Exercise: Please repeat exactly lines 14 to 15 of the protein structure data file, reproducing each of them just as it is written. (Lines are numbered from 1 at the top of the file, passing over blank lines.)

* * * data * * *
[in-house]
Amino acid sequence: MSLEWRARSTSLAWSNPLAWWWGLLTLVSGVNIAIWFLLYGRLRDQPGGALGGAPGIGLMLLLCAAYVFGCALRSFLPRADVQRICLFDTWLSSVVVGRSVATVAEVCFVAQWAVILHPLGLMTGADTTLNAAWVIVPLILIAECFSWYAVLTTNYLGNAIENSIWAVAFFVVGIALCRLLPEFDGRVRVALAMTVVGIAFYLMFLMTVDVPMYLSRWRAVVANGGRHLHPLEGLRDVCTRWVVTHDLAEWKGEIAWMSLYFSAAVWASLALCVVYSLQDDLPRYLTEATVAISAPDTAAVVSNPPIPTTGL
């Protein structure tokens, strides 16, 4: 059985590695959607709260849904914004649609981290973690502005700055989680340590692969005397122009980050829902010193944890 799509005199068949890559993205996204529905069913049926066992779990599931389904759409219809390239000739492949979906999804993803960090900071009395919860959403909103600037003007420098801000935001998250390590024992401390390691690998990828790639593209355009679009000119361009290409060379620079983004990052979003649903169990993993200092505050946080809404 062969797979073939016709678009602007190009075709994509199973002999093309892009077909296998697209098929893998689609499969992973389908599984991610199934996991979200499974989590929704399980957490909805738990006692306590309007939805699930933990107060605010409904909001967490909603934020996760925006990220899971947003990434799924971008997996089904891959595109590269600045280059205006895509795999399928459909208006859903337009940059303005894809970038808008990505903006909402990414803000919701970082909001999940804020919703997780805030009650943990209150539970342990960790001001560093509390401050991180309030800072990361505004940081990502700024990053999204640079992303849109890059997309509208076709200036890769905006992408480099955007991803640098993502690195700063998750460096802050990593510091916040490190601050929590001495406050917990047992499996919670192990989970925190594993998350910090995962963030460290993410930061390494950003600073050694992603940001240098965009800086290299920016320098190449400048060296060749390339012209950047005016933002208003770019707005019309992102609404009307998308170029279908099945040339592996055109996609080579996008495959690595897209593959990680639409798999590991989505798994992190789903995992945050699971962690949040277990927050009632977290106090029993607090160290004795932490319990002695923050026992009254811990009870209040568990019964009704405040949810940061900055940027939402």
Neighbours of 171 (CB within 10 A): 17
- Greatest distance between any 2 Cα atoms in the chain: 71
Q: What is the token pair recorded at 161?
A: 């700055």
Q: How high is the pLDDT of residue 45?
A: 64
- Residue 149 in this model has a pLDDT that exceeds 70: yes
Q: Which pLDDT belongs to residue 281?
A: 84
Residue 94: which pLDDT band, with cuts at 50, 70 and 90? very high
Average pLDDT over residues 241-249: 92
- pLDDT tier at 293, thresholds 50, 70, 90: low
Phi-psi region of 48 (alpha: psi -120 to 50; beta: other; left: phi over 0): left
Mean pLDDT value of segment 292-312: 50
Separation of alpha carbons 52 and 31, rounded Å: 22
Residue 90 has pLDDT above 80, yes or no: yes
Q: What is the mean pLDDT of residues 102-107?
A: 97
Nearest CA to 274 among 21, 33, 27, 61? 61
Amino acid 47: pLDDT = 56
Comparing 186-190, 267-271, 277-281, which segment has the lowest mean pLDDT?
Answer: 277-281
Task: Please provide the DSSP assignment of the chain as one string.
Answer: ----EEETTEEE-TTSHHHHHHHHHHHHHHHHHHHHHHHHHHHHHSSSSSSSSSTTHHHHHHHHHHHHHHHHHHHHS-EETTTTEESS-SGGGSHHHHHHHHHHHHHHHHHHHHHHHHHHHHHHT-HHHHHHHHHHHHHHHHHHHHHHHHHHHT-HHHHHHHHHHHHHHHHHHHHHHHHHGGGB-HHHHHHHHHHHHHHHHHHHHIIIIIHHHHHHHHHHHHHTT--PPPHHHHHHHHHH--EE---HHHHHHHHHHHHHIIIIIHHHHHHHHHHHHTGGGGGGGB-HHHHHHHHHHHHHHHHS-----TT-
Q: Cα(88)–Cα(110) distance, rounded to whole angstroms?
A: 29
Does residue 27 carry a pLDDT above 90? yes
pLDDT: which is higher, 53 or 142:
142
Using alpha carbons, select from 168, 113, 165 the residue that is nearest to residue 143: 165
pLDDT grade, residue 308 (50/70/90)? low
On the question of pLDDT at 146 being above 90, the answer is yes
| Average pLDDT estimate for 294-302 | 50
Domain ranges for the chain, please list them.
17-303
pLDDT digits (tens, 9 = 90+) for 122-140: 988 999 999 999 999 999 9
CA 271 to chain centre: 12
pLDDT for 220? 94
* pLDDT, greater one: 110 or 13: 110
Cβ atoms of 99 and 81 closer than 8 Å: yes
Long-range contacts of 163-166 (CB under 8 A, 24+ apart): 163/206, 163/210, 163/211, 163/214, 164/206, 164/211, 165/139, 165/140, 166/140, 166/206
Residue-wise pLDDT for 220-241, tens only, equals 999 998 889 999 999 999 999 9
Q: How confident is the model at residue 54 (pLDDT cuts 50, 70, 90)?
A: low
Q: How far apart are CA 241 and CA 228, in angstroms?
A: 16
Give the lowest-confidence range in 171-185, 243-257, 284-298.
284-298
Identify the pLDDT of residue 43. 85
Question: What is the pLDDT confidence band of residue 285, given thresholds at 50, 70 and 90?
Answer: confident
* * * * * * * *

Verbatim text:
Average pLDDT over residues 241-249: 92
- pLDDT tier at 293, thresholds 50, 70, 90: low